By Jessica Port
My high school sure had cliques. It wasn’t Mean Girls-esque, or frightening or petty. There were no assigned lunch tables, no one saying, “You can’t sit with us.” No one was enforcing our high school cliques. It’s just how it was.
High School Cliques
I went to a large high school. I didn’t know everyone in my graduating class. I barely knew 20 percent. But I knew which groups tended to stick together. The Wrestling Team. The Football Team. The Cheerleaders. The Drama Club. The Show Choir. The Science Olympiad.
It makes sense, after all. Be friends with people like you, and people you like. Why wouldn’t these groups make sense? It’s not like I’d been barred entry.
There wasn’t some sort of permeating meanness around these groups. There wasn’t much malice between the cheerleaders and the chess team.
Heck, weirdly dissonant cliques could overlap. But if you were in, you’d know. If you were in, you were in.
I very rarely was in.
I’d tried out for the school musical once. I like singing and acting, even if my dancing is painful on the eyes. I went to some of the drama club functions, hoping to try out. It sounded fun. A lock-in sleepover, joint dance classes. It didn’t occur to me that everyone knew each other already, even the teachers. They all fit together easily.
I didn’t make it, likely due to my dancing. I didn’t come back. They didn’t miss me.
I don’t always mesh well with people. I got along with most people just fine, I think. I was never involved in any school drama.
I was annoying sometimes, sure, but I don’t think anyone outright hated me or excluded me. I just didn’t fit right.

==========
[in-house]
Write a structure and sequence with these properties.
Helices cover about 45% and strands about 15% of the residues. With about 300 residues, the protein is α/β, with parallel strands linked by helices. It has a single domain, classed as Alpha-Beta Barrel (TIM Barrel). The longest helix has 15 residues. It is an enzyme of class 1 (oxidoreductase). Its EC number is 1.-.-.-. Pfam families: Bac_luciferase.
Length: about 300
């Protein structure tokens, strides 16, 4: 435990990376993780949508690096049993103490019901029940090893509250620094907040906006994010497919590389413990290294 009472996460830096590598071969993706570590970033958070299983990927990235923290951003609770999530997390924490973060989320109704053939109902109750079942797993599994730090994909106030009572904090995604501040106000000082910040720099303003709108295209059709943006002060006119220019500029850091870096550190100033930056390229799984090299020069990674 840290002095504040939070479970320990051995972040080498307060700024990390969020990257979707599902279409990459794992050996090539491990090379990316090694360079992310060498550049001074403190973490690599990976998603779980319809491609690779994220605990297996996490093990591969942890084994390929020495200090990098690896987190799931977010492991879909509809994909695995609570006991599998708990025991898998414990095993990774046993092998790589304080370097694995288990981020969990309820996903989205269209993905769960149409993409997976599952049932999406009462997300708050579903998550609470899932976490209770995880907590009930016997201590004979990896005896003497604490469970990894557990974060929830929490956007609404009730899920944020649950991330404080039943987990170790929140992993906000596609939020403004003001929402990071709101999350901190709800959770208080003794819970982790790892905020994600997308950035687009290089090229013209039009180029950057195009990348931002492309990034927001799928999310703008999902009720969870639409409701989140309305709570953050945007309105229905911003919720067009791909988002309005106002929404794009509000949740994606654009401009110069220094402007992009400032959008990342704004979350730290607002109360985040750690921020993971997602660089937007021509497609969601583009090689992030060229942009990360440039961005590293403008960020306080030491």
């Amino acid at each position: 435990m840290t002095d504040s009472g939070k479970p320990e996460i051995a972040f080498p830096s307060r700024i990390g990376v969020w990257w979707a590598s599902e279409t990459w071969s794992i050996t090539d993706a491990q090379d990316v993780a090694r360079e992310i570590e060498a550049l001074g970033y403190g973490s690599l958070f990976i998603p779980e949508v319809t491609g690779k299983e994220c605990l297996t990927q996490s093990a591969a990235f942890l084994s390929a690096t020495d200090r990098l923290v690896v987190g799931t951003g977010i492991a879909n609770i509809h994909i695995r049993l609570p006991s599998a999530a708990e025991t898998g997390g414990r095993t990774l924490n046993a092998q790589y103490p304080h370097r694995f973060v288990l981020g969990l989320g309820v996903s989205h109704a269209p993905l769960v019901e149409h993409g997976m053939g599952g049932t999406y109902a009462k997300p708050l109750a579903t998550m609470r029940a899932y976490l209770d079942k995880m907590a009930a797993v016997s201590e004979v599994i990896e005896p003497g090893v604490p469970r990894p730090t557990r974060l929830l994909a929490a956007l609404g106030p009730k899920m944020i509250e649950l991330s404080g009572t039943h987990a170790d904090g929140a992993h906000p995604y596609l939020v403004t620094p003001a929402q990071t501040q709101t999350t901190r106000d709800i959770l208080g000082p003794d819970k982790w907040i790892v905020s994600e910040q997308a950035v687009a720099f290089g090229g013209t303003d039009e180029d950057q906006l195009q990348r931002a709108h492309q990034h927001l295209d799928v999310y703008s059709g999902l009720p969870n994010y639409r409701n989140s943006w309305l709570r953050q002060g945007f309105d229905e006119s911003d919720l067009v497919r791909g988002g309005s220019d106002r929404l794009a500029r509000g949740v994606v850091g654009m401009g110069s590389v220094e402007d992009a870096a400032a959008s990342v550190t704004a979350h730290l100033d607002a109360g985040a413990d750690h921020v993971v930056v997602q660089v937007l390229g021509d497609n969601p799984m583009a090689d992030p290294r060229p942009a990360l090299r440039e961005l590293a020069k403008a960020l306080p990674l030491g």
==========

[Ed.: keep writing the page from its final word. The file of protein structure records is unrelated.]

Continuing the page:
I had plenty of interests, and joined plenty of groups. I loved choir, but I wasn’t the choir girl. I loved writing, but I wasn’t exactly people-savvy enough to join the school newspaper. I was smart, but I didn’t even fit in with the smart kids, who studied together and knew what they were doing. I was just a drifter between groups.
Somehow, in all that drifting, I still found others like me. I had plenty of friends who shared interests with me, who stuck out of the other cliques. Video games, anime, singing, what have you. I had, and still have, friends with whom I could share my writing and stories. Friends whom I trusted. My own little disorganized clique of misfits.
I certainly didn’t go into high school expecting to befriend a graduating class of 400. I didn’t expect, or want, to join every group and every club. I have high school friends that I talk to every day, four years after graduation. Even without fitting neatly into a particular category, I still made friends who loved and supported me.
Jessica Port is a senior at Miami University of Ohio.